Upheaval in West Africa: Coups D’état, the ECOWAS Division, and the Fight for Russian and Western Influence

Signing for the Alliance of Sahel StatesPres. Goïta of Mali signs a document for the AES alliance with Burkina Faso and Niger || Source: tv5monde

The last three years have seen increased instability in West and Central Africa, with coups in Niger in July of this year, a coup last September in Burkina Faso, which had experienced another coup eight months earlier, and a 2021 coup in Mali. In each coup, military leaders rode a wave of popular anti-government sentiment over corruption, inequality, and failures in fighting Islamist (distinct from Islam as a whole) insurgents to oust leaders. These coups also marked a shift in foreign influence in West Africa. From France’s sphere of influence over its former colonies, pejoratively dubbed “Françafrique,” towards Russia, a state desperate for any support it can get against NATO and the EU in the face of the situation in Ukraine.

Burkina Faso is a nation born from political instability. It was initially formed as the Republic of Upper Volta, a self-governing state within the French community that gained full independence in 1960. In 1984, Marxist revolutionary Thomas Sankara led a coup that reshaped the country into Burkina Faso, implementing a variety of social programs to keep his authoritarian socialist government independent from outside aid. Blaise Compaoré then overthrew Sankara in 1987 and overturned many of his leftist policies, holding control until he was overthrown by a popular movement in 2014, called Burkina Faso’s “black spring,” an allusion to the 2011 Arab Spring. Roch Marc Christian Kaboré, a former member of Compaoré’s Congress of Democracy and Progress, was elected president in 2015, reelected in 2020, and deposed in 2022. Paul-Henri Damiba, his usurper, was himself overthrown by experienced soldier Ibrahim Traoré, who, at the age of 35 at the time of his ascension to the presidency, was the youngest head of state in the world. 

Mali’s coups d’état in 2020 and 2021 were backed by the M5 movement and a junta, whose protests ousted President Ibrahim Keïta, whose military had been accused of human rights abuses. Assimi Goïta, a key leader in the junta who served in the Malian special forces against insurgents, took over as president. Goïta established a new constitution allowing him to dissolve parliament, supposedly making it easier for him to fight the insurgents.

In Niger, President Mohamed Bazoum was elected in 2021, succeeding his ally and fellow Nigerien Party for Democracy and Socialism (PNDS) leader Mahamadou Issoufou amid an ongoing conflict in the Sahel and public perception of government corruption. Issoufou’s 2011 election and 2016 reelection followed conflicts and a 2010 coup stemming from former president Mamadou Tanja‘s attempts to unconstitutionally hold on to power. An attempted coup led by a military unit in the capital, Niamey, was stopped with the efforts of the chief of the presidential guard Abdourahmane Tchiani. It was then Tchiani who, on July 28th, seized power from Bazoum and announced himself as the president of Niger, supposedly over Bazoum’s impending dismissal of him. On September 16th, Mali, Niger, and Burkina Faso signed an agreement to form the Alliance of Sahel States, a mutual defence pact (the same concept as NATO) directly opposed to ECOWAS (the Economic Community of West African States), which in turn has threatened an armed intervention.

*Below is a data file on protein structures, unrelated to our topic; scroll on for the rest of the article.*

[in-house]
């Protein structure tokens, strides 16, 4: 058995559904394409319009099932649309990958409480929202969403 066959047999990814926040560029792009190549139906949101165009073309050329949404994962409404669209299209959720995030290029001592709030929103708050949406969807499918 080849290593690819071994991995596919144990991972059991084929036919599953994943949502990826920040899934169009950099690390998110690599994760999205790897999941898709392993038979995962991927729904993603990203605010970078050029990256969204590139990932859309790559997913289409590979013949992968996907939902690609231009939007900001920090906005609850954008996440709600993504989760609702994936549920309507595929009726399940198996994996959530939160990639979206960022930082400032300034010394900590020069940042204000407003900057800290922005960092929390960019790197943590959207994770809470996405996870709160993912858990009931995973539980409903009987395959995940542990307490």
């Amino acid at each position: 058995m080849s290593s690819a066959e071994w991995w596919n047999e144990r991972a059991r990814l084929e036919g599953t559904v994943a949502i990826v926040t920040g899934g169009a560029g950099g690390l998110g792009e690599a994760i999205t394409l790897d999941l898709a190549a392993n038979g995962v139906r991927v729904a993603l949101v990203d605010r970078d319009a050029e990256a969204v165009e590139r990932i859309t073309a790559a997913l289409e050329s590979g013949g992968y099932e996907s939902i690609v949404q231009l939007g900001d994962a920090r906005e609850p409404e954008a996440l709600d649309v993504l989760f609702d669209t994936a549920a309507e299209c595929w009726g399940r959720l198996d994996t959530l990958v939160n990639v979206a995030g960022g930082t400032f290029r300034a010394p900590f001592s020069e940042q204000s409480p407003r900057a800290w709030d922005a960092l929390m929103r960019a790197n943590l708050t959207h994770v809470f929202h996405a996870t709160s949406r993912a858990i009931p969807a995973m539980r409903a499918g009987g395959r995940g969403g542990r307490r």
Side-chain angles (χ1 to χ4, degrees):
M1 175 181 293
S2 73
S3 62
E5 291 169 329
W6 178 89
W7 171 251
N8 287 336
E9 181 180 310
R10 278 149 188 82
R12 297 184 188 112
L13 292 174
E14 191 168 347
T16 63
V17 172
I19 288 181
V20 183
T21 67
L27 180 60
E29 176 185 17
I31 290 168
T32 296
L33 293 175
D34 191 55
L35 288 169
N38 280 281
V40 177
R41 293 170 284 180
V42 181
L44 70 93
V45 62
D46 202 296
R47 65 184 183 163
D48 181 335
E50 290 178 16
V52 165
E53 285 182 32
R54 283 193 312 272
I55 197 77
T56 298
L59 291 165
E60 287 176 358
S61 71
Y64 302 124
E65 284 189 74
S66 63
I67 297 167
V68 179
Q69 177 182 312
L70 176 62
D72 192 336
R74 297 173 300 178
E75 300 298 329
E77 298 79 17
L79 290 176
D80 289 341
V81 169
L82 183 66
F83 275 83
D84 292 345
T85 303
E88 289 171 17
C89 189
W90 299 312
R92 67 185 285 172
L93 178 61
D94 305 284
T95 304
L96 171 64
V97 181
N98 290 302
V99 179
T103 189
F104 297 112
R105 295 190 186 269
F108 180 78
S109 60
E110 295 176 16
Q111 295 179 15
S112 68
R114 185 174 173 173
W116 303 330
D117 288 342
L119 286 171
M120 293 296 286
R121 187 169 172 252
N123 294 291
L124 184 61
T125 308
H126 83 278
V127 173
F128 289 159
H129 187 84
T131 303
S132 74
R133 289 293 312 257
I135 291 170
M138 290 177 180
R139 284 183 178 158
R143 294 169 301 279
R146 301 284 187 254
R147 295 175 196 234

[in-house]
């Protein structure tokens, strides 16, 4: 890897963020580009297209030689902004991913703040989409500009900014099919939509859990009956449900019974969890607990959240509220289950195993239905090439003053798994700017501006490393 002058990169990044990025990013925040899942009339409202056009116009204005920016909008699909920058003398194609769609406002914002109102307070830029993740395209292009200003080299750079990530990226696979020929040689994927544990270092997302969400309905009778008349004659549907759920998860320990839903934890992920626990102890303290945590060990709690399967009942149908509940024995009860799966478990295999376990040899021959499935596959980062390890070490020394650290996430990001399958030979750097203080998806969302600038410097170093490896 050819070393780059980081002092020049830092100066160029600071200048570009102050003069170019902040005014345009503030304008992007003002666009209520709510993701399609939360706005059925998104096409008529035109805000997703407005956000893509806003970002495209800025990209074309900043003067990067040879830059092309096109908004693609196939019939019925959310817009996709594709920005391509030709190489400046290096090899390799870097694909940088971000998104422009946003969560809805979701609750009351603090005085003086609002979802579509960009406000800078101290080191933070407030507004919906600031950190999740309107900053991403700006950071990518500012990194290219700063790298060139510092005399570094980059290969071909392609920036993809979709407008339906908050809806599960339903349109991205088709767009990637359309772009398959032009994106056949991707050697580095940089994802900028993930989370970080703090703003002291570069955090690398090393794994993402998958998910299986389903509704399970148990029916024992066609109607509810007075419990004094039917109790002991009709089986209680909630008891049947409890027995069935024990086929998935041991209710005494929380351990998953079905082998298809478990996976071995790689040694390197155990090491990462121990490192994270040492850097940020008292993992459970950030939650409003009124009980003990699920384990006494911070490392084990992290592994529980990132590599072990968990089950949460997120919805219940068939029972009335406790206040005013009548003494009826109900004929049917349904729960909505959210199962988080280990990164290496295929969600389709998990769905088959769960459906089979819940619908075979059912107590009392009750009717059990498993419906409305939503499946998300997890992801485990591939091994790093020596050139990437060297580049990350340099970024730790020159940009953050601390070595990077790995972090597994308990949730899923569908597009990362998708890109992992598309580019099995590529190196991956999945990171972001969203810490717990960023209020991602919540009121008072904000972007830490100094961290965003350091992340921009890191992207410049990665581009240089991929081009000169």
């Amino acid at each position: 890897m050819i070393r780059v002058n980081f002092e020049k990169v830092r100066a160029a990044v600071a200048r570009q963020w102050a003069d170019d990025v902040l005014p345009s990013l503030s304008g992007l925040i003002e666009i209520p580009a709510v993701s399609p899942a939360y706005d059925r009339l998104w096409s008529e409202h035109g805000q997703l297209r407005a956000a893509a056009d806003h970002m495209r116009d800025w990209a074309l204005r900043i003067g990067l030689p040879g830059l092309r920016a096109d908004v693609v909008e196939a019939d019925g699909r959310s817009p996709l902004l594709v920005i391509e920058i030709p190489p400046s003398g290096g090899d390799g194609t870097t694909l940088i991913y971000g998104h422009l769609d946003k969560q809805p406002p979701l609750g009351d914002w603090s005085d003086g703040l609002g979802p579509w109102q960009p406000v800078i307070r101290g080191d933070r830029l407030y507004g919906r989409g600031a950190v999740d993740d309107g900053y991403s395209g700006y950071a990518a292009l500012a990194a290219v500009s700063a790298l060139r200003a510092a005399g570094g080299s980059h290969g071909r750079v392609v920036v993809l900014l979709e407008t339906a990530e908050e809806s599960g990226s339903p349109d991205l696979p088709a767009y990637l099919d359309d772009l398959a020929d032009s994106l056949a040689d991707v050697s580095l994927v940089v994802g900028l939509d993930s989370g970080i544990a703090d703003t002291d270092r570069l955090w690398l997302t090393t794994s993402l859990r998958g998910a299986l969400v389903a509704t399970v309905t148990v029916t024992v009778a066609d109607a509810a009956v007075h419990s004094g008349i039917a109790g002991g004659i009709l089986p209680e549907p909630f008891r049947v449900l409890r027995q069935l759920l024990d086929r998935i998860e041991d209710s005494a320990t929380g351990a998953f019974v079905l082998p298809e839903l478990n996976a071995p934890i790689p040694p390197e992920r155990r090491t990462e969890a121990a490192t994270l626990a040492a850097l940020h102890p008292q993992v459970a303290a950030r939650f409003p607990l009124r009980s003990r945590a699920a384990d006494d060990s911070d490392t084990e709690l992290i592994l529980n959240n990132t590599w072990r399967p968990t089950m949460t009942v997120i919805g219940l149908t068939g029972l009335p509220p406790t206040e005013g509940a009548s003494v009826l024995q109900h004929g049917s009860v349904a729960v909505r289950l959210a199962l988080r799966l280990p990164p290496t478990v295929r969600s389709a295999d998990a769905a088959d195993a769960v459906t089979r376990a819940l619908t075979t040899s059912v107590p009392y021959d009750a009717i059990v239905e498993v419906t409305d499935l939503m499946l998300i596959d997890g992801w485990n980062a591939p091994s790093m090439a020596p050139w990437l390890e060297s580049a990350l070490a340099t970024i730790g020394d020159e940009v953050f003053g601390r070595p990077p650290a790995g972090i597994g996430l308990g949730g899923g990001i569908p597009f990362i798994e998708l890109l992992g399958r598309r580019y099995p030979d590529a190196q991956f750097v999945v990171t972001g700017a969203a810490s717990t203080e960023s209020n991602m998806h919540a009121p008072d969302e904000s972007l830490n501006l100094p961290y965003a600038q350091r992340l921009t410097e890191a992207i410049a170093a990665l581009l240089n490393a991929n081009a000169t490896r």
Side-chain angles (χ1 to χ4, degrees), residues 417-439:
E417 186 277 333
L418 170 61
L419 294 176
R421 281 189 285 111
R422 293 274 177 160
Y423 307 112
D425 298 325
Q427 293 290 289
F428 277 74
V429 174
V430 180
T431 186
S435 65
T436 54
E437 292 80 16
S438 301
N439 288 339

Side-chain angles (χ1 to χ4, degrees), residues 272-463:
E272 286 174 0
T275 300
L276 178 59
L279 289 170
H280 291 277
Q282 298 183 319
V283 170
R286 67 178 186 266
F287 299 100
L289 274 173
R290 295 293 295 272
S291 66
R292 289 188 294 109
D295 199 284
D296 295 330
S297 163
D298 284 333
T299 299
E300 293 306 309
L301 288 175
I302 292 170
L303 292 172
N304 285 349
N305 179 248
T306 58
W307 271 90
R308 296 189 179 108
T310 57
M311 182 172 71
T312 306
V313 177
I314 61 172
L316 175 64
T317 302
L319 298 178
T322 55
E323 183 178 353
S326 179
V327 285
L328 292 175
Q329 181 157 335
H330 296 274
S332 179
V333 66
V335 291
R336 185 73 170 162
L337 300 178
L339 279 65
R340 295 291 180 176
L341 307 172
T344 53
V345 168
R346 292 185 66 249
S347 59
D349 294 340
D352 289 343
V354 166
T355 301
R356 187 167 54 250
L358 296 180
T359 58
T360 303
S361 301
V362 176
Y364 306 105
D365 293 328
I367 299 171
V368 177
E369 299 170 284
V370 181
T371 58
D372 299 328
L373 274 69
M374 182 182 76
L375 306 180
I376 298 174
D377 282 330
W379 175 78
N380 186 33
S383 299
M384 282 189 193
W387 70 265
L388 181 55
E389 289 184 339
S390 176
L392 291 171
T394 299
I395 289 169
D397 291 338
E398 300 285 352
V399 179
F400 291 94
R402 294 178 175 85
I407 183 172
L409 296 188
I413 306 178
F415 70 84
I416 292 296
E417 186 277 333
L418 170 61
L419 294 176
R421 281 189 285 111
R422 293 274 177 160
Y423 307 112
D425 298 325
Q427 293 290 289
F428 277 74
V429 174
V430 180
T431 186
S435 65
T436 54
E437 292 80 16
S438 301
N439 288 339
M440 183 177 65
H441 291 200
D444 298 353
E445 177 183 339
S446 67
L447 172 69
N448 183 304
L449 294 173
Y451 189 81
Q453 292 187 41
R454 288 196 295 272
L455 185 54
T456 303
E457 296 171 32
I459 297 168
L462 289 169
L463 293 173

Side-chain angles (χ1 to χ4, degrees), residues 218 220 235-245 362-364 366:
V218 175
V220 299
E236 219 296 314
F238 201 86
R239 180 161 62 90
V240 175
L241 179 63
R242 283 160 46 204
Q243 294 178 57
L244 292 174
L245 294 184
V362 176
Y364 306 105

ECOWAS is considered one of the “regional blocs” of the African Union, and has worked to prevent democratic backsliding in its “coup belt,” in addition to other peacekeeping efforts. Nigeria, the most populous and powerful ECOWAS member and an emerging African great power, has usually spearheaded these initiatives. France has also assisted in fighting Islamists in the Sahel, partnering with Chad, Niger, Burkina Faso, and Mali in Operation Barkhane. Mali in particular saw animosity towards the French, especially in the southern region located away from the fighting. This has included anti-French sentiment based on “Neo-Colonialism” and even conspiracy theories. French President Macron ended the operation in 2022. 

There is also the context of Russian interests in Africa, where Russia’s Wagner group had previously launched operations to support regimes in exchange for wealth and/or resources, taking advantage of existing anti-western sentiment to turn public opinion against the U.S. and France and their efforts in the region. Russian President Vladimir Putin held the second Russia-Africa summit in St. Petersburg this summer on July 27th-28th, receiving support from Goïta despite other African leaders’ frustration with Putin over his unwillingness to consider implementing African leaders’ Russia-Ukraine peace plan and his ending of Ukraine’s Black Sea grain trade. According to Mali’s former Minister of Foreign Affairs Kamissa Camara, Russia’s influence on the coups is based on pre-existing desires of leaders to have more control and independence to pursue their interests, another block in their relationship with ECOWAS.

How the standoff between the Alliance of Sahel States and ECOWAS, western and Russian influence in the region, and the ongoing fight against Islamist insurgents in the Sahel will pan out remains to be seen, but the present is still very volatile.

About the Author

Stephen Walsh
Stephen Walsh is a senior from 04 C wing who is currently sleeping in the loft. He likes learning about history, math, and railroading. In his free time, he enjoys hanging out with friends, drawing, writing, hiking, and playing exploding kittens.

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